BY RALPH WALDO EMERSONView on Amazon
Ralph Waldo Emerson (1803 - 1882) was a philosopher and essayist perhaps best known for spearheading American Transcendentalism, a philosophical movement that emphasizes the power of individualism, self-reliance, and the natural world.
One of the key hallmarks of the Transcendentalist movement, which notably included Emerson, Margaret Fuller, and Henry David Thoreau (see our reading list of Thoreau’s best books here), is its celebration of the supremacy — even divinity — of nature.
Divinity is not locked in a distant heaven, say transcendentalists; it is accessible right here in the company of the natural world.
We are thus at our best not when we conform to voices outside ourselves, but when we follow the voice within — the glimmering insight, the “immense intelligence” of our natural intuition and instincts.
Society on this view is seen as a corrupting force — it takes us away from our natural wisdom.
As unique individuals, we should not conform to generic belief systems or conventions, Emerson writes, but instead “enjoy an original relation to the universe.”
Emerson offers the beginnings of a path for how we might resist the pressures of society in his famous 1841 essay, Self-Reliance (read my Self-Reliance summary and analysis here), which features in the collection below.
A famous passage from Emerson’s Self-Reliance that encapsulates the theme of much of his work runs as follows:
You will always find those who think they know what is your duty better than you know it. It is easy in the world to live after the world’s opinion; it is easy in solitude to live after our own; but the great man is he who in the midst of the crowd keeps with perfect sweetness the independence of solitude.
This reading list consists of the best books by and about Ralph Waldo Emerson.
After reading some of the books on this list, you’ll understand why this brilliant thinker was heralded by the great German philosopher Friedrich Nietzsche as “the most gifted of the Americans” (see my reading list of Nietzsche’s best books here), and remains so celebrated to this day.
Let’s dive in!
Nature was Emerson’s first book, and it set out the core principles for much of his (and Transcendentalist) thought.
Published in 1836 following the traumatic death of his first wife, Nature features Emerson at his sermonic best. Having left the Church, Emerson aimed to deliver secular lectures that nevertheless contained an almost religious power of their own. Nature is his first attempt at doing so with the written word — and in this regard it’s an undisputed success.
Emerson meditates on the power and beauty of nature and our profound, unbreakable connection to it. He writes:
Nature always wears the colors of the spirit. To a man laboring under calamity, the heat of his own fire hath sadness in it.
The essence of nature is integral to the essence of ourselves, and Emerson implores us to both explore and live in harmony with it.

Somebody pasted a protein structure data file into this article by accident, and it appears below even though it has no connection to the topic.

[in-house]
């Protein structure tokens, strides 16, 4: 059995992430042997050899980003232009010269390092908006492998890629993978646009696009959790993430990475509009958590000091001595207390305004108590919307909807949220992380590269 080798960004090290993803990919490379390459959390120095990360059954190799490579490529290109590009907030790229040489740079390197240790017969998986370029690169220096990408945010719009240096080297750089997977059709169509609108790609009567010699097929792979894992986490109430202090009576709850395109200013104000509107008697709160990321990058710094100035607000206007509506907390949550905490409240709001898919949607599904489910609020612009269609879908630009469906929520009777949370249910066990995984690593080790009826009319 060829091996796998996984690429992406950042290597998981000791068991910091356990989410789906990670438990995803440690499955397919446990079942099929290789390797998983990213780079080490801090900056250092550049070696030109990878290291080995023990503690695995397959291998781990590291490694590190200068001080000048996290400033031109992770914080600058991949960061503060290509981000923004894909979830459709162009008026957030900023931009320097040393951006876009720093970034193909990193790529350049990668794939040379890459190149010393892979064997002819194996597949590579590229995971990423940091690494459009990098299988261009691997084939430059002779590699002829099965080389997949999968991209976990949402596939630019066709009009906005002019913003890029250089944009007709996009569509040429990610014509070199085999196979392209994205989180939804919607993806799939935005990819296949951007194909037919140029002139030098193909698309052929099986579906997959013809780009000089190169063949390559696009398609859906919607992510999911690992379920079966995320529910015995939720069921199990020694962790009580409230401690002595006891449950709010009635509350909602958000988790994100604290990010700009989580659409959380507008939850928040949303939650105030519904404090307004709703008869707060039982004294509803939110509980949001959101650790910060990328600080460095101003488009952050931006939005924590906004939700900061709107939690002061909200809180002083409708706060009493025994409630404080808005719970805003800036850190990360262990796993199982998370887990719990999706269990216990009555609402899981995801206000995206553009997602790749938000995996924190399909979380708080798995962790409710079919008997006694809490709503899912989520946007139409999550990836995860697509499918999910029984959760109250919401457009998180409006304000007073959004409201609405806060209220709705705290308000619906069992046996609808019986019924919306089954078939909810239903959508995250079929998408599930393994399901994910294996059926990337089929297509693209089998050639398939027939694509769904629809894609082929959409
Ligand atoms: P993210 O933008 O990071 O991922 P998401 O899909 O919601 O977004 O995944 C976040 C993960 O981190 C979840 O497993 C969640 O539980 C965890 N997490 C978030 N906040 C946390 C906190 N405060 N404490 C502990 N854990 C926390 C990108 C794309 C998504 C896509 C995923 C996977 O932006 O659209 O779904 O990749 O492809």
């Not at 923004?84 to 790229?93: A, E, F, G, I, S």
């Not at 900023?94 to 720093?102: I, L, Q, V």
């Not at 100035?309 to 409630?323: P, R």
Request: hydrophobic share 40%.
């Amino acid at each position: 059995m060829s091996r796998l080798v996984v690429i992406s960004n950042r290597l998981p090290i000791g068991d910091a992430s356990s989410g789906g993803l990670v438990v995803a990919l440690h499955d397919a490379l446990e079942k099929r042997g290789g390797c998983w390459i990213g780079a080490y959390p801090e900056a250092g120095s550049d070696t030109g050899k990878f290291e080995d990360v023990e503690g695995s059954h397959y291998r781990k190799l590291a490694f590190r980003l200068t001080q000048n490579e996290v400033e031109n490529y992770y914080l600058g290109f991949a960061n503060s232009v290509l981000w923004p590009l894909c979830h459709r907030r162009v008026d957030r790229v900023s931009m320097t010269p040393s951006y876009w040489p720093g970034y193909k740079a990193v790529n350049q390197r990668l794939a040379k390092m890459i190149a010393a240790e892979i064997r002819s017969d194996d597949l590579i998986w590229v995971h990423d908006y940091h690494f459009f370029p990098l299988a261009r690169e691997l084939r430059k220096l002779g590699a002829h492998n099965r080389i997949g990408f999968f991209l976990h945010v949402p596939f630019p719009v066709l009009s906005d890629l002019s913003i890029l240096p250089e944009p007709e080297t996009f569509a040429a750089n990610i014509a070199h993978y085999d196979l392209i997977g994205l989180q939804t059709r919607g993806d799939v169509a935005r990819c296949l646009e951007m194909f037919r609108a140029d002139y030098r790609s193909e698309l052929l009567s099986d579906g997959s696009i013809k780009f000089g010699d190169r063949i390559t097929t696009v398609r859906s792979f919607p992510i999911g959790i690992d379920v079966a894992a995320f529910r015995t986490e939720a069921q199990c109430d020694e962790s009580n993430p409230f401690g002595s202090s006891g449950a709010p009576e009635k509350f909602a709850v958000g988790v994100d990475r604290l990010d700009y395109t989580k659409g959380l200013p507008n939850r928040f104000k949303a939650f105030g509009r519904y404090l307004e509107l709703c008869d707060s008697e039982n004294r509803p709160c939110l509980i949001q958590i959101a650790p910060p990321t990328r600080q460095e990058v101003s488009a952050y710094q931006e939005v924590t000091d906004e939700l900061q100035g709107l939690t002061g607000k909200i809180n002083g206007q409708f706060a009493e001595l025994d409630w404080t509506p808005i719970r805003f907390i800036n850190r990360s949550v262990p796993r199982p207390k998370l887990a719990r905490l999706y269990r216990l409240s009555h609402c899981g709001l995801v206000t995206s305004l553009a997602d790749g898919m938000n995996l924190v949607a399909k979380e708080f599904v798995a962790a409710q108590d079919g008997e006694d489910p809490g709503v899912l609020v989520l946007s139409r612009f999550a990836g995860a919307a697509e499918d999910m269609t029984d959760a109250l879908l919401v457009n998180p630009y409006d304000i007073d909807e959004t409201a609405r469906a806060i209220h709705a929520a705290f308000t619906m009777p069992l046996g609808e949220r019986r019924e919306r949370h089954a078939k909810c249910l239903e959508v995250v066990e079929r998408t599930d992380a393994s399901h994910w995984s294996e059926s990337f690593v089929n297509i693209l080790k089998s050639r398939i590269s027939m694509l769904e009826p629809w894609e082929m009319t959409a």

If you’re interested in Emerson and Transcendentalism, there’s no better book to start with. As well as the book-length Nature essay, Nature and Selected Essays also includes many other of Emerson’s most acclaimed essays, including Self-Reliance, The Poet, and The American Scholar.
While Emerson is regarded as one of America’s greatest writers, his luxurious 19th-century prose can appear a little dense to the modern eye. Hence The Annotated Emerson: a brilliant book — published in 2012 — that contextualizes, illustrates, and discusses Emerson’s most important works.
Presenting some of Emerson’s most significant essays (including Nature, Self-Reliance, and more), the scholar David Mikics provides brilliant commentary throughout, drawing on Emerson’s journal entries and providing biographical details to supplement the work and bring Emerson’s writing to life.
For those seeking a deeper understanding of Emerson’s work, The Annotated Emerson is highly recommended.
If you’re looking for a one-stop shop for all things Emerson, then look no further than Ralph Waldo Emerson: Essays and Lectures, published in 1983.
This anthology contains all of Emerson’s essays and lectures, as well as a wealth of helpful contextual and biographical detail.
At 1150 pages, this anthology’s a beast — but you won’t need another!
If you’re looking to learn more about the life Emerson lived and the events that shaped his work, Robert D. Richardson’s Emerson: The Mind on Fire is a fantastic biography, excellently researched and engagingly written.
In 100 bite-size chapters, Richardson lovingly weaves the story of Emerson’s intellectual development, his spearheading of the Transcendentalist movement (and often fraught interpersonal relationships with its members), his legacy as one of the greatest figureheads of American literature, and his lasting impact on the American psyche.
If you’re interested in Emerson, this autobiography is an essential addition to your bookshelf.
For much of his long and fascinating life, Emerson kept a detailed journal. In 1984, Emerson scholar Joel Porte edited Emerson’s vast collection of journal entries to produce Emerson in His Journals, a book that should delight fans of Emerson and his work.
In these pages, we are granted intimate access into some of the major events in Emerson’s life — like his complex relationship with fellow Transcendentalist Margaret Fuller — from Emerson’s own perspective.
We see a side to Emerson that he would never expose in his published writings, rendering Emerson in His Journals an enthralling addition for hardcore Emerson scholars.
In the meantime, why not explore more of our reading lists on the best philosophy books:
Essential Philosophy Books by Subject
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